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  • 7/17/2004

Francesco Petrarch


Petrarch was an Italian scholar,poet, andhumanist,who is credited with having given theRenaissance its name. He traveled widely and wrote many learned works, but his most enduring writings by far are the poems he addressed to Laura, a mysterious beloved whom he may never have met.

Petrarch (Francesco Petrarca in Italian) was born inArezzo the son of a notary, and spent his early childhood in the village of Incisa, nearFlorence. His father, Ser Petracco, had been banished from Florence in 1302 by theBlack Guelphs, due to his political connections withDante. Petrarch spent much of his early life atAvignon, where his family moved to followPope Clement V who moved there in 1309 during a papal schism, and nearbyCarpentras, both inVaucluse. He studied atMontpellier (1319 - 23) and moved toBologna, where he studied law in 1323-25. Though trained in law and religion, Petrarch was primarily interested in writing and Latin literature, sharing this passion with his friendGiovanni Boccaccio. In search for oldLatin classics and manuscripts, he traveled through France, Germany, Italy, and Spain. With his first large scale work,Africa -- an epic in Latin -- Petrarch emerged as a European celebrity.

When his father died in1326, Petrarch returned toAvignon, where he worked in different clerical offices. As a scholar and poet, Petrarch soon grew famous, and in1341 he was crowned as apoet laureate inRome. He traveled widely in Europe, served as an ambassador, and was a prolific letter writer. He collected manuscripts on his travels and was a prime mover in the recovery of knowledge from writers of Rome and Greece. He remarked, "Each famous author of antiquity whom I recover places a new offence and another cause of dishonor to the charge of earlier generations, who, not satisfied with their own disgraceful barrenness, permitted the fruit of other minds, and the writings that their ancestors had produced by toil and application, to perish through insufferable neglect. Although they had nothing of their own to hand down to those who were to come after, they robbed posterity of its ancestral heritage."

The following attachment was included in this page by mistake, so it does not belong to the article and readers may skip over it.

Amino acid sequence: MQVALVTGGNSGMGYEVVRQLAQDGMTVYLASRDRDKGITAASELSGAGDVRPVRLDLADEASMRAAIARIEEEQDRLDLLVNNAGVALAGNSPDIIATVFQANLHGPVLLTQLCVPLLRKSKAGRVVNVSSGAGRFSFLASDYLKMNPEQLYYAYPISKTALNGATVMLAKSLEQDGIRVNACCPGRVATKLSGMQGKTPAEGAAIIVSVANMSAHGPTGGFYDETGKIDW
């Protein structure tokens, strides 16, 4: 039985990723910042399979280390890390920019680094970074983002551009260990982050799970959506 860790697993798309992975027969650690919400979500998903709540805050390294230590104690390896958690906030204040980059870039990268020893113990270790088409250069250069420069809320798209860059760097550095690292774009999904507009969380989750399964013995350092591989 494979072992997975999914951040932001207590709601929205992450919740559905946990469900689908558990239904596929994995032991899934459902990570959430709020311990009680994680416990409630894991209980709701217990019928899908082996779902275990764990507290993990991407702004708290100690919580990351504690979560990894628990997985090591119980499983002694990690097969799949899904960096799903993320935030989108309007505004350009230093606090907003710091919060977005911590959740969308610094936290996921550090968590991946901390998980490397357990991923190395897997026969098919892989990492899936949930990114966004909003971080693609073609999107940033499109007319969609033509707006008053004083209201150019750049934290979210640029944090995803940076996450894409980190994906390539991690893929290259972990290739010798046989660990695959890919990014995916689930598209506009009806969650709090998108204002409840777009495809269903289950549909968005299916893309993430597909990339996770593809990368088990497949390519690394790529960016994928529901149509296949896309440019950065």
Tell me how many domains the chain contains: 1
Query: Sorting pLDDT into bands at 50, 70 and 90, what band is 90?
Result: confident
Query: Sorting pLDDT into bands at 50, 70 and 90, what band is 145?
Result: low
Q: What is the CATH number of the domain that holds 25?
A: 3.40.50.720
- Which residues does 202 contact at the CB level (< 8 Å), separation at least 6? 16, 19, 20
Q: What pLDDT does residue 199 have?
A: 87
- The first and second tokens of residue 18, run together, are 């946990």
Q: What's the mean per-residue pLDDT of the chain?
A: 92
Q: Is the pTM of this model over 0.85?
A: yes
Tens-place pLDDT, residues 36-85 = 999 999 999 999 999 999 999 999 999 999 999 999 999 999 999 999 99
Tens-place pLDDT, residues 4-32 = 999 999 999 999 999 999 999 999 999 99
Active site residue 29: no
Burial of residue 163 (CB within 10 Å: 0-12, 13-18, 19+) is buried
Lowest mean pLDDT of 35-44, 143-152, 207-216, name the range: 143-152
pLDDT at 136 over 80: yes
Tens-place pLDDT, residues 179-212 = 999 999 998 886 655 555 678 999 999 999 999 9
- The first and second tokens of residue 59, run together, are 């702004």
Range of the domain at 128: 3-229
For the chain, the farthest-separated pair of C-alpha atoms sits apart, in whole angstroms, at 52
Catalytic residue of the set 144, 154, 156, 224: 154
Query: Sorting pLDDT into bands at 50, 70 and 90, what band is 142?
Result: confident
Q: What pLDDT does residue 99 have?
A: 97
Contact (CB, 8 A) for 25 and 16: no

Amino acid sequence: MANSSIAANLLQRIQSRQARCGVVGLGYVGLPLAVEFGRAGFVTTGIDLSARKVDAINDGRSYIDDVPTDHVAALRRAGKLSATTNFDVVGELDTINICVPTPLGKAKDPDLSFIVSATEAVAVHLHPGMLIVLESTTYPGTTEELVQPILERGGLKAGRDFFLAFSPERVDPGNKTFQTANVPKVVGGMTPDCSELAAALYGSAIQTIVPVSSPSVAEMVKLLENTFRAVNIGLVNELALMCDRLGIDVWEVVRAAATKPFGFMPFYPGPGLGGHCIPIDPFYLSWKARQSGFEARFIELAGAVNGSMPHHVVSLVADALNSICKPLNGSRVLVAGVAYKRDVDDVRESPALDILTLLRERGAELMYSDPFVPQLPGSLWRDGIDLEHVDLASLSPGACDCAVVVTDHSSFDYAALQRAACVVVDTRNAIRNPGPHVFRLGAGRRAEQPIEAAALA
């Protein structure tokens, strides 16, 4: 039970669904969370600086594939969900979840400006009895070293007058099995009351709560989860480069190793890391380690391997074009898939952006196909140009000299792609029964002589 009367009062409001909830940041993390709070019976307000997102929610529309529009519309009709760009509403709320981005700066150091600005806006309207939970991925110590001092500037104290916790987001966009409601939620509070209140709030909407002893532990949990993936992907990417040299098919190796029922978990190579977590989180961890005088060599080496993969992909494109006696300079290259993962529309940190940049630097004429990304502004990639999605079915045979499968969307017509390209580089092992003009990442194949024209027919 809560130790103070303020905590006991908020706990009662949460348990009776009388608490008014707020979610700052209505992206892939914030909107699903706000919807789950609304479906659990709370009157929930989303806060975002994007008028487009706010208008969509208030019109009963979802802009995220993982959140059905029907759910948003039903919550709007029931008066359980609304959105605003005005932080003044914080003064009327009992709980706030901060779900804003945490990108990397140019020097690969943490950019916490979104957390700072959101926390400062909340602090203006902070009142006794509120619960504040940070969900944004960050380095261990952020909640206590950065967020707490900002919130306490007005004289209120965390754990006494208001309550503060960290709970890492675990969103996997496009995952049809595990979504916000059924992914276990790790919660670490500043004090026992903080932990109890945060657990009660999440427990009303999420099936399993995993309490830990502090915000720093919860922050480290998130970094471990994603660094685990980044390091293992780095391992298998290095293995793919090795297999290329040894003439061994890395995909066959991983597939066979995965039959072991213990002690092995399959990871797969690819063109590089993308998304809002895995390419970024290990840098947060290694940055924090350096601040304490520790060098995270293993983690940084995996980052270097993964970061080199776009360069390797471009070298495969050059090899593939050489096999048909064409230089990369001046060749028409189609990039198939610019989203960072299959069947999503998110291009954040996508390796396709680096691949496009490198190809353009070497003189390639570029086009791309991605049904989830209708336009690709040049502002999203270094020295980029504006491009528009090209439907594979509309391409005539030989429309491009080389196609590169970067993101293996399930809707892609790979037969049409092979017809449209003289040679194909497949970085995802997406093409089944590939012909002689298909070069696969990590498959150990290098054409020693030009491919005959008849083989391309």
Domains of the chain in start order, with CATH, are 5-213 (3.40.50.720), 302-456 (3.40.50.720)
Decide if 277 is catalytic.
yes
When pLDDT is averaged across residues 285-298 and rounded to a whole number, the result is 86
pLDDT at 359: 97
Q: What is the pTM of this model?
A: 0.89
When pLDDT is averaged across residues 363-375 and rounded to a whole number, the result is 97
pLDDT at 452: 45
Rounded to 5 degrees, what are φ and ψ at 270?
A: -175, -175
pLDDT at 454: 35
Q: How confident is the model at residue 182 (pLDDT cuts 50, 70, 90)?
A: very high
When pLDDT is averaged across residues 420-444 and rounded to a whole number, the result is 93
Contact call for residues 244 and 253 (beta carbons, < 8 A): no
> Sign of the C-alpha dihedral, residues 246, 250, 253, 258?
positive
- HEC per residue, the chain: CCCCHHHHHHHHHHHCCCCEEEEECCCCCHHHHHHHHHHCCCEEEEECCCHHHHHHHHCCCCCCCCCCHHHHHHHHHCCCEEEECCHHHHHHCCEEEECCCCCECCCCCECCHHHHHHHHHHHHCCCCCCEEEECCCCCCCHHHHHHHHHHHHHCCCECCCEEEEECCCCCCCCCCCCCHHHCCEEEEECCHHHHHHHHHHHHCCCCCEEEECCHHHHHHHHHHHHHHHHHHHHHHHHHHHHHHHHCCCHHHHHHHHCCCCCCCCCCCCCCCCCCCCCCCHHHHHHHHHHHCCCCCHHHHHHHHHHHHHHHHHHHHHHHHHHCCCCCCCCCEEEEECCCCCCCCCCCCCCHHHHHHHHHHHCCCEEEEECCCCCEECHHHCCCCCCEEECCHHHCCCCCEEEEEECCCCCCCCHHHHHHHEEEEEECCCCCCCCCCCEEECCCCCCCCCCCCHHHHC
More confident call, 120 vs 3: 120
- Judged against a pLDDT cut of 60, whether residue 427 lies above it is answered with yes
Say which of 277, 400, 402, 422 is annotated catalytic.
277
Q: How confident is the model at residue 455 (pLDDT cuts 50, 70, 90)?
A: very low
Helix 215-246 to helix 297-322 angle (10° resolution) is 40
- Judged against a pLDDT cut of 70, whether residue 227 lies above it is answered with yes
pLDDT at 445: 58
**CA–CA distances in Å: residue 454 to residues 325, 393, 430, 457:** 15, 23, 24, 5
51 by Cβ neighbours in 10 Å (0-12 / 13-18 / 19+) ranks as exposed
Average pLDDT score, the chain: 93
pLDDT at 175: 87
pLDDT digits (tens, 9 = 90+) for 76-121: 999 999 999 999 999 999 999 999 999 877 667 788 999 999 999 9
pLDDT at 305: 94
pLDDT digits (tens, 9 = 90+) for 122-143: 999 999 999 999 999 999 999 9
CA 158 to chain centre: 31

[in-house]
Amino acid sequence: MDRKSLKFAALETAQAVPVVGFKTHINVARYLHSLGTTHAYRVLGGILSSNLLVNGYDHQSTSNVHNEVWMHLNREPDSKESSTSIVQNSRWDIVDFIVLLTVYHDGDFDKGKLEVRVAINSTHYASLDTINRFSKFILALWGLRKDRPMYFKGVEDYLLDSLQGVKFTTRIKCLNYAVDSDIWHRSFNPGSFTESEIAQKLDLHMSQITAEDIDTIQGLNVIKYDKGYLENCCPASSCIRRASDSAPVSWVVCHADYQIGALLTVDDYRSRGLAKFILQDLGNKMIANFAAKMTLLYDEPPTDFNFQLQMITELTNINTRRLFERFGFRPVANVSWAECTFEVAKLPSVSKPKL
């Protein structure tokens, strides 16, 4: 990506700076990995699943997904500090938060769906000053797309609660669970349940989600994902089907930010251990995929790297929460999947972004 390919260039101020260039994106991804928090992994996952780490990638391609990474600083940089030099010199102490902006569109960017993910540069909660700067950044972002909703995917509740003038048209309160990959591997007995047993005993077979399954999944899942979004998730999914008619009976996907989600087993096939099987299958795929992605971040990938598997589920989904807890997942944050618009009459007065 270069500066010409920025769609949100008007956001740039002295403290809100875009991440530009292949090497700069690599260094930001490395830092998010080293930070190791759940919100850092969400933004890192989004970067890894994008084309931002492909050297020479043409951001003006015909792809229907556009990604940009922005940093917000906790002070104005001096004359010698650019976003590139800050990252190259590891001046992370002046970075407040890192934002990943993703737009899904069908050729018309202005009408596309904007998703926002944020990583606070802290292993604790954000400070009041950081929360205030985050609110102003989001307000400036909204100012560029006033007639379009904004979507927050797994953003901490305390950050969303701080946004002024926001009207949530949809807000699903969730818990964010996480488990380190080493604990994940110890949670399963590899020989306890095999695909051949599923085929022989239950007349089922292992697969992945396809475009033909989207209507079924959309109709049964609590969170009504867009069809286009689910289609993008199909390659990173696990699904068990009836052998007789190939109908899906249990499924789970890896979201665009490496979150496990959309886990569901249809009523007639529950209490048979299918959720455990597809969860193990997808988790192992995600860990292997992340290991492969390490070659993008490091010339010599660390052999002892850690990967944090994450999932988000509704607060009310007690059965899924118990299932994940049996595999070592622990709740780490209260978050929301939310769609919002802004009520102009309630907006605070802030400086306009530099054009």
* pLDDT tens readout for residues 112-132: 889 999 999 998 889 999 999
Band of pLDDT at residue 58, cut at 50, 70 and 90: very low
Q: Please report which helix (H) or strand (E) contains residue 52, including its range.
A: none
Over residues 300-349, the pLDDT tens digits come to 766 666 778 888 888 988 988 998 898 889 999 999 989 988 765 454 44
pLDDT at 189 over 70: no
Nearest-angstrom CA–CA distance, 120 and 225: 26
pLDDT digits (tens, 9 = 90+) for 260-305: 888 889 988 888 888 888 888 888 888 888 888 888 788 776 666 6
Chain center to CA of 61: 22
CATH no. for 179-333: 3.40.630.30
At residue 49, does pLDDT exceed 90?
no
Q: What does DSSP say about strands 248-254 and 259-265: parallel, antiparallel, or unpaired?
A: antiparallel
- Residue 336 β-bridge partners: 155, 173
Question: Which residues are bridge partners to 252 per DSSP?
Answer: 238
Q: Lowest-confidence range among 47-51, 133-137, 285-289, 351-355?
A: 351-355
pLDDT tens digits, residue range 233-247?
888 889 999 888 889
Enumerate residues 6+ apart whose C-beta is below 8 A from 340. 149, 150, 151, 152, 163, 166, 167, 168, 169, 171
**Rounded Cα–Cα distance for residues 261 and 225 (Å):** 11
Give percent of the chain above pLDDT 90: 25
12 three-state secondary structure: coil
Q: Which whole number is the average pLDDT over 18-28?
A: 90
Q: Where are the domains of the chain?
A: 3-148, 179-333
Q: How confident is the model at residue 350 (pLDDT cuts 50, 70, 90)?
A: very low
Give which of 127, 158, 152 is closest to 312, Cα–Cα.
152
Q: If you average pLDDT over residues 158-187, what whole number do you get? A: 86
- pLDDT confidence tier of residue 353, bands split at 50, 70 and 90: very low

Among Petrarch's Latin works areDe Viris Illustribus, the dialogueSecretum, a debate with St. Augustine, anRerum Memorandarum Libri, an incomplete treatise on the cardinal virtues,De Remediis Utriusque Fortunae, his most popular Latin prose work, Itinerarium, a guide book to the Holy Land, andDe Sui Ipsius Et Multorum Ignorantia, against Aristotelians. He wrote his scholarly works and epic poetry in Latin, and his sonnets and canzoni in Italian.

The latter part of his life he spent in journeying through northern Italy as an international scholar and renowned traveler

Petrarch settled about 1367 inPadua, where he passed his remaining years in religious contemplation. He died in Arquà in the Euganean Hills onJuly 18, 1374.

InNovember of2003, it was announced thatpathologicalanatomists would be exhuming Petrarch's body from his casket inArqua Petrarca, in order to verify19th century reports that he had stood 1.83meters, which would have made him very tall for his period. The team also hoped to reconstruct his cranium in order to obtain a computerized image of his features. Unfortunately, DNA testing in 2004 revealed that the skull found in the casket was not his, prompting calls for the return of Petrarch's skull.

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